These errors strike at the very heart of the Reformed faith. The controversy therefore touched the Reformed confessions, because the Heidelberg Catechism and the Belgic Confession condemned the errors of the Remonstrants. Many a faithful consistory and classis had tried to prevent the spread of this evil cancer by requiring officebearers, particularly ministers, to subscribe to these creeds. Many with Remonstrant leanings had signed their agreement with the confessions. But subsequent events indicated that they had done so dishonestly.

Hence the Synod of Dordt passed the following telling motion:

It is decided that a standard form for subscription of the Confession, Catechism and synodical decisions¹ be drafted by means of which all ministers clearly certify their agreement with the accepted doctrine and by which the evasions of some who try to deceive the churches are prevented.

A committee of the synod then went to work drafting forms per this decision. Eventually the synod adopted a form for ministers of the word, another form for Professors of Theology, many of whom were not ministers, and a third form for schoolmasters.² The synod left it up to the individual classes to decide whether or not all the elders and deacons ought also to subscribe.

Over time, the subscription form for ministers was adjusted to include seminary professors as well as elders and deacons, and that form was used in the Reformed Church in America. It was also adopted by the Christian Reformed Churches shortly after they organized, and is still used by the Protestant Reformed Churches.

Why a Form of Subscription?

The history above recorded indicates the reasons why the Reformed churches wisely adopted the forms they did. The first reason, as the churches explicitly stated, was to express unity. It is no insignificant matter to manifest the unity of the church as confessed weekly (“I believe an holy, catholic church”). The Reformed churches understood well that the unity of the church is a unity in the truth. The reason for that is that the church’s true unity is Jesus Christ. The church is His body (I Cor. 12). Jesus made plain the connection between Himself and the truth with the bold proclamation, “I am the way, the truth, and the life” (John 14:6). Jesus, being the revelation of God, is the truth of God. He is the Word (John 1:1). Since the truth is the unity of the church, the God-ordained officebearers must be unified in the truth if the church is to be unified. Believers likewise must be unified in the truth. That unity will be manifest in their common confession.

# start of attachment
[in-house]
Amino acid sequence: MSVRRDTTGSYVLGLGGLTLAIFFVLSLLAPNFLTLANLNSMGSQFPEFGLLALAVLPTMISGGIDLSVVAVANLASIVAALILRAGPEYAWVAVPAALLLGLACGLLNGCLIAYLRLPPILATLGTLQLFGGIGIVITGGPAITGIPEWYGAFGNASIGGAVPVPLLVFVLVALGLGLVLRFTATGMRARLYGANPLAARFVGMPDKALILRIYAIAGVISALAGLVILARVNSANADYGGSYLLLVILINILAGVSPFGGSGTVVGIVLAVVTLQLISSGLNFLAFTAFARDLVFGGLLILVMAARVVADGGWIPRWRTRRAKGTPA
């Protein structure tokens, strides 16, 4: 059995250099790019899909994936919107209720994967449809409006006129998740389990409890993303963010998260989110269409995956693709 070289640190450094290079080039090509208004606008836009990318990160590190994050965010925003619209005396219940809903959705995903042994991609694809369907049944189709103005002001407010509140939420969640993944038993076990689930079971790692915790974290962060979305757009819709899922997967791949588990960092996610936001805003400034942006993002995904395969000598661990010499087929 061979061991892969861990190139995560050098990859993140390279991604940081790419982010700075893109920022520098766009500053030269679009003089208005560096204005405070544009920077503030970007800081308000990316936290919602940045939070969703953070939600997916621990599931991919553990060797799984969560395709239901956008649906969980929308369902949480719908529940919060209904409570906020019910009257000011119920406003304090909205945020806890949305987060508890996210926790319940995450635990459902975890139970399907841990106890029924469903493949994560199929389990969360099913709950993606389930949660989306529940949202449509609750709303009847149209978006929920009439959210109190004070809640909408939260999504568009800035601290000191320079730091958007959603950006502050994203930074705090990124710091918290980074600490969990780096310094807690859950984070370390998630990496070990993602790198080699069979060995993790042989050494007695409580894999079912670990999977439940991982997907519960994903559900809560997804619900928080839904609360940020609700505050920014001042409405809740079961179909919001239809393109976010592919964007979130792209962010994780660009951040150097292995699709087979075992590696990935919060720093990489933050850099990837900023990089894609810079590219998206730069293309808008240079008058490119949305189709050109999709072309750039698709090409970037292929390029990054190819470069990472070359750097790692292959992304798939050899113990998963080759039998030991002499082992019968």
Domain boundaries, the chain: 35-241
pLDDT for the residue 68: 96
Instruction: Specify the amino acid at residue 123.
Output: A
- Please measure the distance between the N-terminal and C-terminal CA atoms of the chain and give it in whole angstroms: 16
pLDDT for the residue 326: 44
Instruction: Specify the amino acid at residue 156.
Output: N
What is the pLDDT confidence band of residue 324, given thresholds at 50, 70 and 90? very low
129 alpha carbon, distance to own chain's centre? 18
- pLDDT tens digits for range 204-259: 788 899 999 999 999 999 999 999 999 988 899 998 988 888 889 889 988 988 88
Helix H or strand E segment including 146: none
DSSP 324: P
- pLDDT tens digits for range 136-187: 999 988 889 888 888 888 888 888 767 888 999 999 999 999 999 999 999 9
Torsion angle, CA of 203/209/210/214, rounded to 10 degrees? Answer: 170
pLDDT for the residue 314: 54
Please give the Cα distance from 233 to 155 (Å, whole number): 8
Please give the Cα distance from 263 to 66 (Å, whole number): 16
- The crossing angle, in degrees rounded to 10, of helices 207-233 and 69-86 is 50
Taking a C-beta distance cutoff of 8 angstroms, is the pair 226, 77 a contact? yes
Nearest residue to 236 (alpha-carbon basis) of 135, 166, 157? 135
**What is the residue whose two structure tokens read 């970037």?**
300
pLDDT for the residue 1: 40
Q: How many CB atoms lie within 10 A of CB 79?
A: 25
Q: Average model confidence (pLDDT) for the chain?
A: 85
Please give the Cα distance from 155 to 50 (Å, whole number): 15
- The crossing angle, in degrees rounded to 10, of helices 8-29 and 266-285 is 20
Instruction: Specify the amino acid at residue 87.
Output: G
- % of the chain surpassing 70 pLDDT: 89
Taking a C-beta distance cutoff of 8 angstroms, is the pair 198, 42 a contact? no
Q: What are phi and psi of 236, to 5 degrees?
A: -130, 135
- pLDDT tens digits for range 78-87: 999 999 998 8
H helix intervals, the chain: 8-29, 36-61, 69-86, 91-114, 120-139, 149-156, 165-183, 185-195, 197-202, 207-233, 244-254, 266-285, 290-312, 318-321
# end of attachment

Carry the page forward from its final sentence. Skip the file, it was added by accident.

The second function of the FOS is that it serves to keep the churches doctrinally pure. It does so positively by insisting that officebearers maintain the Reformed faith. And then, negatively, it purposes to guard the truth against error. Errors do not change essentially over the years. Satan, that great Deceiver, dresses the lie in slightly different garb from one age and location to another, but the lie remains the same. Thus the form, if honestly maintained, helps protect the church against heterodoxy as well today as when it was drawn up in the early sixteen hundreds.

To that end, in its very infancy, the Reformed churches in the Netherlands required that ministers sign the creeds. But since unscrupulous heretical ministers were willing to sign the creeds, Dordt saw the need for a form that would express exactly what is meant by such a signature.

We turn next time to the specific promises that officebearers make when they sign the Form of Subscription.